In fact the most direct step back to the “normal” piano came about through a superb piece for a different sort of keyboard: the organ work Christe Eleison op.69, written in 1986 for the organ of the Speyer Dom in Germany. In this piece Radulescu found he could effect a meeting between his spectral techniques and the tempered scale, thereby preparing the ground for a personal reconciliation with the piano. When a commission came in 1991 from the Ministry of Arts and Sciences in Baden-Württemberg to write a work for the Freiburg pianist Ortwin Stürmer, he responded with a new sonata, fully twenty-three years after the first; three further sonatas and a colossal Piano Concerto The Quest op.90 (recorded on CPO 999 589-2) have followed in the years since. (The third and fourth sonatas were also responses to commissions from the same source: all three sonatas and the Piano Concerto were premiered by Ortwin Stürmer.) It is a testament to Radulescu’s integrity that these piano works involve no compromise or “softening” of his language; the very new harmonic, heterophonic, polyphonic and monodic structures of the sonatas continue the line of musical development he has pursued since the late 1960s.

The second, third and fourth sonatas (as well as the recently completed fifth) are all inspired by the Tao te Ching of the Chinese philosopher Lao tzu (6th-5th century BC). Phrases from the Tao are appended to the works as overall subtitles and sometimes also as headings of individual movements. Typically for Radulescu, however, such poetic inspiration is always set alongside rigorous structural designs that exemplify spectral archetypes.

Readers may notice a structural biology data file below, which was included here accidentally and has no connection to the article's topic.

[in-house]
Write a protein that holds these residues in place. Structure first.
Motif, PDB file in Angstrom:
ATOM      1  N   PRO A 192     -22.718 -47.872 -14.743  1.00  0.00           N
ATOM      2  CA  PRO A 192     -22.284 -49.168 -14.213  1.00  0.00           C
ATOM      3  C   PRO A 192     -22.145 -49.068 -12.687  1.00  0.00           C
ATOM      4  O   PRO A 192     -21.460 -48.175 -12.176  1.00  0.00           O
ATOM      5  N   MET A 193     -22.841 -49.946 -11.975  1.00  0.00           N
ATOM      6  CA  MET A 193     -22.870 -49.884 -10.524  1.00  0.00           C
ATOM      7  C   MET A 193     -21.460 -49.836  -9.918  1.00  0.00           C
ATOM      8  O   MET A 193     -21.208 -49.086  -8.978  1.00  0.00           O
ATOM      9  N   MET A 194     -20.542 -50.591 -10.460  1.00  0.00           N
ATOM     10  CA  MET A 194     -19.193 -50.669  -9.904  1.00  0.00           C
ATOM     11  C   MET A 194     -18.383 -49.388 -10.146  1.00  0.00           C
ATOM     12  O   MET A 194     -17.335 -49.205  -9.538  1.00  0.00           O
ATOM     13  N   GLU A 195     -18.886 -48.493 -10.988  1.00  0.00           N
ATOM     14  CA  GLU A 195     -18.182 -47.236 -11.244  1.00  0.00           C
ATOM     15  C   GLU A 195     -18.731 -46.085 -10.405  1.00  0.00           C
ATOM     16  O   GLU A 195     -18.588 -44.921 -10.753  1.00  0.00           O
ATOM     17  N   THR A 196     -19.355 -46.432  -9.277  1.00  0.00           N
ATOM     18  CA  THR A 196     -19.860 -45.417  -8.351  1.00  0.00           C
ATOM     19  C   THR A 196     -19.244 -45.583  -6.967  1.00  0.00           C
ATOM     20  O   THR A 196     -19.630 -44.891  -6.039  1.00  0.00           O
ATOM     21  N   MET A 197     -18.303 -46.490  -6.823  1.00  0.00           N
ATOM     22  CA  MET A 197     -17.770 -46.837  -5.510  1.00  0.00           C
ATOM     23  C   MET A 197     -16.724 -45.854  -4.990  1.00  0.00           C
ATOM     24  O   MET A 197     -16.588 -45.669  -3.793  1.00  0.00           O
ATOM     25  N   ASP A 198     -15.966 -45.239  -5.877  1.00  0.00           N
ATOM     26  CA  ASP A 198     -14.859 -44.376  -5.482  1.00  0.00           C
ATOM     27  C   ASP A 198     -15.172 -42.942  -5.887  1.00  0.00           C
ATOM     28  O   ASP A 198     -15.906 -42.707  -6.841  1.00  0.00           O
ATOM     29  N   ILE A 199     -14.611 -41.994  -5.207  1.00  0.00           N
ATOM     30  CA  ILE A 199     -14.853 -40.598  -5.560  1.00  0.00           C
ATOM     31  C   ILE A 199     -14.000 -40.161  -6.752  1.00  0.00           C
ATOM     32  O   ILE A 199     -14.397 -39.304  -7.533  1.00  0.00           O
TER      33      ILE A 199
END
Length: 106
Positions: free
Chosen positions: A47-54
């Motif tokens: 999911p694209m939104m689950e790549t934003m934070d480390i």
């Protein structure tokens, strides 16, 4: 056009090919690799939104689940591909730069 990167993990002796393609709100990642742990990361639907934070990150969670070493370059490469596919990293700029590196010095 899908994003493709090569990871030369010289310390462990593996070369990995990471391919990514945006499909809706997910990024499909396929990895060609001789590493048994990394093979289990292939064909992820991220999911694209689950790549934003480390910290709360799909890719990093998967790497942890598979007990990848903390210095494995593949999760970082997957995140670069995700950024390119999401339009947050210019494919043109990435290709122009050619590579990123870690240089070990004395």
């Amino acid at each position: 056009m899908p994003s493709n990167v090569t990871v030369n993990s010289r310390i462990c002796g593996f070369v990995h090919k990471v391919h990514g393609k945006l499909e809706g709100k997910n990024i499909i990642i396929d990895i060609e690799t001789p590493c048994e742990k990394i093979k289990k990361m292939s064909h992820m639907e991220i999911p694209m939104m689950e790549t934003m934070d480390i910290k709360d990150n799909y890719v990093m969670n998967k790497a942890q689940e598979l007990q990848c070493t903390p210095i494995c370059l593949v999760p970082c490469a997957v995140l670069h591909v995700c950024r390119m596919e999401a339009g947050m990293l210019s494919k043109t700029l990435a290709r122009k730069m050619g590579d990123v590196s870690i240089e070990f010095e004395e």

The thirteen minutes of the Second Sonata, “being and non-being create each other” op.82 (premiered by Ortwin Stürmer at the University in Freiburg im Breisgau, Germany in 1991), are divided into the unequal proportions 8mn, 3mn and 2mn. The first movement, “Immanence,” opens with a powerful sonority built from spectral functions of a low Bb, answered by simulations of the 5th, 16th and 21st partials of a C spectrum and then by a transposition of the opening chord a semitone higher, to a B fundamental. The wide spacing of this opening material gives a sense of immensity and a strength of utterance typical of the composer. A second theme is an invented folk-like melody played quietly in the right hand as though a spectral emanation from the pedal notes played strongly by the left. Other thematic ideas are used as transitions and developmental material. The second movement, “Byzantine Bells,” sets a melody built from an unusual six-note mode spanning a perfect fifth (B C D E F F# – a mixture of Locrian and Phrygian) against a sudden fortissimo bell-chord on a C fundamental (an echo of the first movement). The right pedal is held down throughout the movement, giving the sense of music travelling to the listener across a great distance. The finale, “Joy,” is in an “aksak” macro-metre of fifteen beats divided as 2+2+2+3+3+3. Into this ostinato structure are set fragments from early compositions of Radulescu – some of them written 45 years previously – which here are heard afresh in the new spectral language of his mature self.